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With preparations for our A-level mock exams and the agonising wait for university decisions underway, much of our focus this term so far has been concentrated on student voice and maintaining clear communication between ourselves and the rest of the Senior School. So, in deciding what interesting topic I could cover for our Head Student Team blog, I have chosen to use this opportunity to exemplify the importance of taking time out for reading, especially in the Sixth Form, when it feels like there is almost no time for leisure.
Having made it a habit to read for at least 30 mins every day, even during the peak of my exams I kept up with my reading schedule. Over the exam period I read Iris Murdoch’s 'The Bell' and, although I am possibly biased having taken English Literature A-level myself, I found that it provided a welcome form of escapism while remaining intellectually stimulating.
By immersing myself in reading literature in my free time, including well-known poetry collections, I have been able to take my mind off the stress of exams while giving myself an advantage in my A-levels by seeking content that is outside of the specification of my exams. It goes without saying that my personal interest in poetry is heavily intertwined with my A-level poetry module. This made having the opportunity to question the intention of poet Ian Duhig in his poem ‘The Lammas Hireling’ (coincidentally my favourite in the A-level Modern Poetry Anthology) at a recent conference attended by my English class all the more exciting.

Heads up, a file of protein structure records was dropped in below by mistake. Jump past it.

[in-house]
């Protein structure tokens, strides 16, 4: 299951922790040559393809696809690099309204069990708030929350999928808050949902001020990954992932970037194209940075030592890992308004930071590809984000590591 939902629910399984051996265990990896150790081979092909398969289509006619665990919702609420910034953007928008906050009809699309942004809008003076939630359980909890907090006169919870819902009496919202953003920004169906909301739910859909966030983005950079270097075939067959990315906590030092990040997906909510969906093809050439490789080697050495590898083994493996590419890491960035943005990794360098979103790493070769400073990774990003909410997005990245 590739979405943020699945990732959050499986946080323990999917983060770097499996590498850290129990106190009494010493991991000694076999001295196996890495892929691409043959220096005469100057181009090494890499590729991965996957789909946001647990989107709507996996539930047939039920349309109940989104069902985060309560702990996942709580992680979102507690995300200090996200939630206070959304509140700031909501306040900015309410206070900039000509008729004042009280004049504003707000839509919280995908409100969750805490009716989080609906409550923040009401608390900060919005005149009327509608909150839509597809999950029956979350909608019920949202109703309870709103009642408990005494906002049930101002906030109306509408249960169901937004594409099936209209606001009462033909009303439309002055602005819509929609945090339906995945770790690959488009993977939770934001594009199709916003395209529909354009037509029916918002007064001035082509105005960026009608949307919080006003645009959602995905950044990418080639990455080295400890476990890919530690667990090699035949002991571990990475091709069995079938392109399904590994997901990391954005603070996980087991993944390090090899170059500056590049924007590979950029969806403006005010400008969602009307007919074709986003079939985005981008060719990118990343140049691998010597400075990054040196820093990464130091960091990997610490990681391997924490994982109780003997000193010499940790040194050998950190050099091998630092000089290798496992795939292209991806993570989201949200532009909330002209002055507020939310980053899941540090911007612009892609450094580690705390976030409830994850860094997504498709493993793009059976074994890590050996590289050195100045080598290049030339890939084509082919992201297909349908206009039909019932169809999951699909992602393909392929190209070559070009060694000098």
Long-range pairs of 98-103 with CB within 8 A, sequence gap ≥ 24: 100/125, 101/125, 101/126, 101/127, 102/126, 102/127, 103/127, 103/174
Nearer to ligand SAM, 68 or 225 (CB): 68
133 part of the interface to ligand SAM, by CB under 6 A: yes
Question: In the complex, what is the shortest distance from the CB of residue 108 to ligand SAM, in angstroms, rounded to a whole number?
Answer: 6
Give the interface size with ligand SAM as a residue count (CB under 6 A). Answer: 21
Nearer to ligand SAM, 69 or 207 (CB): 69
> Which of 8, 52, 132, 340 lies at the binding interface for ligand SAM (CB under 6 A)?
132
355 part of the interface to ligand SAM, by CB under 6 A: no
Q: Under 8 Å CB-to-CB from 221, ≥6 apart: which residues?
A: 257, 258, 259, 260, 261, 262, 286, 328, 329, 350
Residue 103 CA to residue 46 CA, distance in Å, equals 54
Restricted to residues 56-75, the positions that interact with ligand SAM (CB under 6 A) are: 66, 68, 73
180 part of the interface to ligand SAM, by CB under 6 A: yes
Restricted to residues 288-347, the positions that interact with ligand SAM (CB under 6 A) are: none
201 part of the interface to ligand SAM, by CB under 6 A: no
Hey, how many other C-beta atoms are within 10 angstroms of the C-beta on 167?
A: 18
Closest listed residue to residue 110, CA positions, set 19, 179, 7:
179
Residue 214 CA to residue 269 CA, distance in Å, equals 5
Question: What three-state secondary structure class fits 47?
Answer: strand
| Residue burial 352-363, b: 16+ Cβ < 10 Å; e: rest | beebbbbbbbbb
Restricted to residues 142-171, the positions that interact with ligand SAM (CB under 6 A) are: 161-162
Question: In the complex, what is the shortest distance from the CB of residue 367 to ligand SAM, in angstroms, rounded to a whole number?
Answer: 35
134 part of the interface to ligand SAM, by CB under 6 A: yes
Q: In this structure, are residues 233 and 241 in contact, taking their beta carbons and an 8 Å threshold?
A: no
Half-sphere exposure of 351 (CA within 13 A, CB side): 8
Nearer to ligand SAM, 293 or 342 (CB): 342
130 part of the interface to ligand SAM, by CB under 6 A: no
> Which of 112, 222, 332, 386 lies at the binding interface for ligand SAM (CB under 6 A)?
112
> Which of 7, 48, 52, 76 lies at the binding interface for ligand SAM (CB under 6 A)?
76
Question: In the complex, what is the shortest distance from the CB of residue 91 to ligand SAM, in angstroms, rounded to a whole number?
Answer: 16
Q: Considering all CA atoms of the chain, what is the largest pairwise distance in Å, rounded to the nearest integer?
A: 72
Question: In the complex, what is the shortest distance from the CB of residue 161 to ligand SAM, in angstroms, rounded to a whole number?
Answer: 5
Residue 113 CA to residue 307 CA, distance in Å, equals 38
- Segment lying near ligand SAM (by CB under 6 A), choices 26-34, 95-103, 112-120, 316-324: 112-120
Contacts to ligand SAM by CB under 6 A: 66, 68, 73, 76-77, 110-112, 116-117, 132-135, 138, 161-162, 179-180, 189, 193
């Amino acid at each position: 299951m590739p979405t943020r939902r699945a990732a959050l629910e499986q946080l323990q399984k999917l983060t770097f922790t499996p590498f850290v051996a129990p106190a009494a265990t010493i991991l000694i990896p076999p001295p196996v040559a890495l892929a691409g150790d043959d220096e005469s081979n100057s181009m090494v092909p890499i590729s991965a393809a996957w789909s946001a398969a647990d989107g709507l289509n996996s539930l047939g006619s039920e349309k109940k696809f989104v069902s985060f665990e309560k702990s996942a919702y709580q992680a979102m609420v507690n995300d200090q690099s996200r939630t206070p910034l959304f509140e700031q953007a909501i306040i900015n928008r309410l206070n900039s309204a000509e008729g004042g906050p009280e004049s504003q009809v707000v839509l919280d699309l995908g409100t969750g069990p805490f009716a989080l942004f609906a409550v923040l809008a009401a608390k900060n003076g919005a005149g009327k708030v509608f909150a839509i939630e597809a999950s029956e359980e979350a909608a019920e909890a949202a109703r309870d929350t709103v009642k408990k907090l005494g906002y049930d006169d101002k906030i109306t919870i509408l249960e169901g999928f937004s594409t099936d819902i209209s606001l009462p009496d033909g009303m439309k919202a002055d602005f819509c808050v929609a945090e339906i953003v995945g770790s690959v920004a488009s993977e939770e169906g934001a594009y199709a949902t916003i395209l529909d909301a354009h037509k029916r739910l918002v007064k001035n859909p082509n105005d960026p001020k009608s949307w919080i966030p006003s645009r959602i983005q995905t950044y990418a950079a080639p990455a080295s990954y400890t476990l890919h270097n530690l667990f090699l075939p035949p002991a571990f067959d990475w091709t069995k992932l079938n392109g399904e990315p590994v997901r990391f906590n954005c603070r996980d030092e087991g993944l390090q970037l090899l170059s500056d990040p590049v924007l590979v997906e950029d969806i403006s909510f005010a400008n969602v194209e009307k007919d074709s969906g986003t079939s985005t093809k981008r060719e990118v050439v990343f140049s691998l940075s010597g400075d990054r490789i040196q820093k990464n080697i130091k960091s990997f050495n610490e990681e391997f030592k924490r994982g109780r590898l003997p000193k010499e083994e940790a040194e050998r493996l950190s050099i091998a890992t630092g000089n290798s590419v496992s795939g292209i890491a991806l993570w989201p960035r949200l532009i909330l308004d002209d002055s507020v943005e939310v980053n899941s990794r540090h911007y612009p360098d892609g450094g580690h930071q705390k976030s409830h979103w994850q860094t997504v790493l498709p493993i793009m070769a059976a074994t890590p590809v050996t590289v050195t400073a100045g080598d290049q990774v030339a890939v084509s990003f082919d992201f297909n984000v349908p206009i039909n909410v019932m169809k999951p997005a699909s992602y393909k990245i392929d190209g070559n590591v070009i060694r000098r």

Additionally, reading fiction has given me a good foundation to understand and critically engage with complex non-fiction texts, which has been incredibly useful in my academic pursuits. Understanding theological feminist literature, such as ‘Beyond God the Father: Towards a Theology of Women’s liberation’ by Mary Daly and ‘After Christianity’ by Daphne Hampson helped me in university interviews and ultimately resulted in my receiving an offer to read Theology & Religion at the University of Oxford. Moreover, reading Hampson meant that when my A-level Philosophy, Religion & Ethics class had the opportunity to attend a series of lectures on Theology at the Bloomsbury Baptist Church the lecture provided an even deeper level of insight into the subject of women and Christianity.
Now that my mocks are over - and most of the impatient waiting for university decisions! - I have more free-time. I have been using that time to revisit my ‘To-read’ list. I am currently reading Christopher Isherwood’s ‘Goodbye to Berlin’ in preparation for seeing the West-End hit musical ‘Cabaret’, which will be a well-earned respite following the frenzy of the start of spring term.
Written by Rachel, Year 13, Head Student Team